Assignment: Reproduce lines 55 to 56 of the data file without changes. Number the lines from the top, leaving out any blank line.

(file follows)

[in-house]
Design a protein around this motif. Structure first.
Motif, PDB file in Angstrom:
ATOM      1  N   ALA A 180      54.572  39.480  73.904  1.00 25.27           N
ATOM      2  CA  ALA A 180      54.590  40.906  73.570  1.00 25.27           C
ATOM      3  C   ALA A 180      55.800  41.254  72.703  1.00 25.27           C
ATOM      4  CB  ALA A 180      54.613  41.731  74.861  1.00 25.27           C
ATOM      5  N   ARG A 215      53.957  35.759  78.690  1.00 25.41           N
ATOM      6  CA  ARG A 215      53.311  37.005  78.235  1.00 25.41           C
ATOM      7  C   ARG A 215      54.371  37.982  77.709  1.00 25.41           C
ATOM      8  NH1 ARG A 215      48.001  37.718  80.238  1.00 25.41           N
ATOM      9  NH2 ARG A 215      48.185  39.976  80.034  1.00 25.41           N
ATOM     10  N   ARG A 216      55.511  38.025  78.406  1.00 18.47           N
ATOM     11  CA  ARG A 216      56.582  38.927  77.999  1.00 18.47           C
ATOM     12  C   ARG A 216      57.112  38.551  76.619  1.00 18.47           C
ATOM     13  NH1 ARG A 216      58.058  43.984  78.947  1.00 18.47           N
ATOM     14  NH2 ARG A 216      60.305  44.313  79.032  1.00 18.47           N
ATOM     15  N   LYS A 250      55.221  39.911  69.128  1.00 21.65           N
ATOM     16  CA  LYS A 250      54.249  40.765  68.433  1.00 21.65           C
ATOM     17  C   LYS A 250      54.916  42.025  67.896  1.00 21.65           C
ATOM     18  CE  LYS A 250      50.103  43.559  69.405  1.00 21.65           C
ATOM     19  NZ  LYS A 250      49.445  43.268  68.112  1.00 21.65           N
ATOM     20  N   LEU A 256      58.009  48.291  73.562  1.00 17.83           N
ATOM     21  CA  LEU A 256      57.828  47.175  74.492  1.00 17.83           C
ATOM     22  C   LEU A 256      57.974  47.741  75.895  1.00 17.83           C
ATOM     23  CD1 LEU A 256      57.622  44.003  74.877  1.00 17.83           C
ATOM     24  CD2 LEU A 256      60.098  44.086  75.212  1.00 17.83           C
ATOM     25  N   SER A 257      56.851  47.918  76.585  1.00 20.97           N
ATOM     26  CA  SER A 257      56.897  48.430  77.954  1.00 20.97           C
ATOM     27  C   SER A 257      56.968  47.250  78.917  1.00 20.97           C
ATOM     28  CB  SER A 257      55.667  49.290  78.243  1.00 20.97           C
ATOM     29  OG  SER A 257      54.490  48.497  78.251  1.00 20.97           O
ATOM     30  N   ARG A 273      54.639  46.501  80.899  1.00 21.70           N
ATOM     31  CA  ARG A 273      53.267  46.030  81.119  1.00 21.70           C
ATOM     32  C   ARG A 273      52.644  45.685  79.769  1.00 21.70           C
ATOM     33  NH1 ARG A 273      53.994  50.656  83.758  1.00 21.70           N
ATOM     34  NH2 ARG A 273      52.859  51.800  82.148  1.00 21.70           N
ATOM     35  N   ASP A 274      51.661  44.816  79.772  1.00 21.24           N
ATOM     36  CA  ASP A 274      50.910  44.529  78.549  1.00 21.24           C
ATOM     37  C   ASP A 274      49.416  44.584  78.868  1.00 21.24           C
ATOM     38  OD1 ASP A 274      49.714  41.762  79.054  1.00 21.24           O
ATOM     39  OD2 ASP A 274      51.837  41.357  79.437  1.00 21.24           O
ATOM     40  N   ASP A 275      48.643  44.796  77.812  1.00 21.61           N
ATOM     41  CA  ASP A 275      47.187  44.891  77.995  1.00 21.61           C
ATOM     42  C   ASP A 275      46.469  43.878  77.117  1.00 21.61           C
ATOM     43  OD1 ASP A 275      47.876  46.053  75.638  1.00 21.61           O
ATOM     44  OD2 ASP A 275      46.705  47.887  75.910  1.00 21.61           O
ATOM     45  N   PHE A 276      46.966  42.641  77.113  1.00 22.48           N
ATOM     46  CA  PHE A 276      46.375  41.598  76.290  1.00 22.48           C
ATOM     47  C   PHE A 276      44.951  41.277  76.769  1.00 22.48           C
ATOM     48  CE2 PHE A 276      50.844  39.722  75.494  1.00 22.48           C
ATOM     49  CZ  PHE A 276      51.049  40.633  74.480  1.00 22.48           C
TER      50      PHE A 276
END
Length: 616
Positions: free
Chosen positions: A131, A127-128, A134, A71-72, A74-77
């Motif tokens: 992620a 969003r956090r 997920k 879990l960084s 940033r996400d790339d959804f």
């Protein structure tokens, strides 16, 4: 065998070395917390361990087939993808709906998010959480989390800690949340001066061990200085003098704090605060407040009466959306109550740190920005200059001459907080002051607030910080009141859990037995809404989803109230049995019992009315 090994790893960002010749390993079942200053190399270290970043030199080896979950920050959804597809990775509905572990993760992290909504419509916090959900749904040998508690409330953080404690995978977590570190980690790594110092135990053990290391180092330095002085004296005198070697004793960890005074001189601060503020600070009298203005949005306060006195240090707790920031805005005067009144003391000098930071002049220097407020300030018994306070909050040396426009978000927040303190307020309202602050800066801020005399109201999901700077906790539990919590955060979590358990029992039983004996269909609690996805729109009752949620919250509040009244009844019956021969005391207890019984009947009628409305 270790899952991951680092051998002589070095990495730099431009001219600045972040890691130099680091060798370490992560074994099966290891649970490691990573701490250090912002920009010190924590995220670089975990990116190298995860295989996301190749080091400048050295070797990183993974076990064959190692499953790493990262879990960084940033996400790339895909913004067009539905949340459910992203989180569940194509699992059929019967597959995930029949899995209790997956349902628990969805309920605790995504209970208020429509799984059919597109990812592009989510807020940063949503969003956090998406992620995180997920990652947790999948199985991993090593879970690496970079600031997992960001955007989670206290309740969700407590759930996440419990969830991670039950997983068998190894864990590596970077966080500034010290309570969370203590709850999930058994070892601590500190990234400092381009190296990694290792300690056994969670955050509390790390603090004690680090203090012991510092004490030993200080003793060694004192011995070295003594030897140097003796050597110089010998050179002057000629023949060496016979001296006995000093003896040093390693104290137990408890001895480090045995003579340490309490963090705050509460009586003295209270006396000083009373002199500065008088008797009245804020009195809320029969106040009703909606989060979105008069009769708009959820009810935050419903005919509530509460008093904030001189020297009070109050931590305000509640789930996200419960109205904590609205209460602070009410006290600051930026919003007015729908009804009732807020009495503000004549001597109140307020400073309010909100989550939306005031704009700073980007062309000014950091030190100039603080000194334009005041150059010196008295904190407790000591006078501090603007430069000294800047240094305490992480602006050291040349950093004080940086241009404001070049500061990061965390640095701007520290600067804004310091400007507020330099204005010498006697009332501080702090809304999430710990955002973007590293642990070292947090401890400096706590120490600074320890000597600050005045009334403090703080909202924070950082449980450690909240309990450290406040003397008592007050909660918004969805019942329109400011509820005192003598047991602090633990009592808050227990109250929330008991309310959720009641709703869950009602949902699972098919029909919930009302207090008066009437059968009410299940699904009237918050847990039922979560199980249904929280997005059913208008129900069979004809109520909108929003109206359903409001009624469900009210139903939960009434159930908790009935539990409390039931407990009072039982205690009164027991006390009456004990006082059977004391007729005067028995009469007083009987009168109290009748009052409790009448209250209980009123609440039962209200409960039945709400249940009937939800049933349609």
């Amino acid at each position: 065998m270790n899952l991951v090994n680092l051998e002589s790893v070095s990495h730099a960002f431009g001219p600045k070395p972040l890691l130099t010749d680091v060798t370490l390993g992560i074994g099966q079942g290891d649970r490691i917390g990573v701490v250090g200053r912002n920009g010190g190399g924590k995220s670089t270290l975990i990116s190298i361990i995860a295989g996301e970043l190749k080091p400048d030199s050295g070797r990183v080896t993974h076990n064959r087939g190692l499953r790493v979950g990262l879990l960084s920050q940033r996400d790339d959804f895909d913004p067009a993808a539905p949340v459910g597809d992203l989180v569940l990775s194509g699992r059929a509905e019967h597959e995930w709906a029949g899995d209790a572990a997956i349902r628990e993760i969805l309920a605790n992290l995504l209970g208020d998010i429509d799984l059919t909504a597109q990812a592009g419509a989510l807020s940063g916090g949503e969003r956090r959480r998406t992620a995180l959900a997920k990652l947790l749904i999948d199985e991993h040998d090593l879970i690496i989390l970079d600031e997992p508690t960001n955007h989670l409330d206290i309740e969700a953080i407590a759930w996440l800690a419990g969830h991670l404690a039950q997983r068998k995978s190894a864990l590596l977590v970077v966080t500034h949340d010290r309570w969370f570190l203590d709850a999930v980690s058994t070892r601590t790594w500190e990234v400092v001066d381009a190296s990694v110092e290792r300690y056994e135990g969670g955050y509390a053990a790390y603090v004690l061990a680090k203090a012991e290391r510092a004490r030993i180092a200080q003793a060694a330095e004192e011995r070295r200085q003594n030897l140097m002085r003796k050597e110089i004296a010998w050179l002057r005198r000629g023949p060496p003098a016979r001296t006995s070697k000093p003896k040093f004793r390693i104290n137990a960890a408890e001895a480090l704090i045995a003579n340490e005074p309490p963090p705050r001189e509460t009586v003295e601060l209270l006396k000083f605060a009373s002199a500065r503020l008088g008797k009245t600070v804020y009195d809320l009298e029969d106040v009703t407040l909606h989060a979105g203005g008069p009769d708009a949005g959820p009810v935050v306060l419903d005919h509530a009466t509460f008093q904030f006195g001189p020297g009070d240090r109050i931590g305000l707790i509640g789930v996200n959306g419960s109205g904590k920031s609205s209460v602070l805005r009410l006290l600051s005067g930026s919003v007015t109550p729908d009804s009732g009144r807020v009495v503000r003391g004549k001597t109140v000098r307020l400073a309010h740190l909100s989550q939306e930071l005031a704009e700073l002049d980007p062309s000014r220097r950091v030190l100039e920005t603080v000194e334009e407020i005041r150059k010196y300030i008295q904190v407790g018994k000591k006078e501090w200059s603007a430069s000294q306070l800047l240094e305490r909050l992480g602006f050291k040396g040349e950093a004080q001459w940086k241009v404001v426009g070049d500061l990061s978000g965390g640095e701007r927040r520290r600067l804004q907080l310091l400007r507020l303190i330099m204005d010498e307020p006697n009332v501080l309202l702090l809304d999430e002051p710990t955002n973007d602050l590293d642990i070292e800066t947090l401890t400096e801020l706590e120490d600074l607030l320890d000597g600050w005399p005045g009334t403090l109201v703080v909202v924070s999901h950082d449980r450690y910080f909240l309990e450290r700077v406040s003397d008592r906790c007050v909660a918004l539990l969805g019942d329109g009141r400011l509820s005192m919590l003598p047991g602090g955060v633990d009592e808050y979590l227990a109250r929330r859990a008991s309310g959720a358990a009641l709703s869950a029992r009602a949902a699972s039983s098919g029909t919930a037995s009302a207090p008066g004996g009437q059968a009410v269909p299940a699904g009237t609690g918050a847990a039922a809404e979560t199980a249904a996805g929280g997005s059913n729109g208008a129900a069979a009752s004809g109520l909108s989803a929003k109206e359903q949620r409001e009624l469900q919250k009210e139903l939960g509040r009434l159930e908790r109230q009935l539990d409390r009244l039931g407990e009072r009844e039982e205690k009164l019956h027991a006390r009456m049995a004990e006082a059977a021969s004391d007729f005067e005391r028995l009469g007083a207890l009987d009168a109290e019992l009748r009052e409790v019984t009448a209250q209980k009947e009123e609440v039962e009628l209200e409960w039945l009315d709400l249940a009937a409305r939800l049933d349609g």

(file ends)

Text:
Length: 616
Positions: free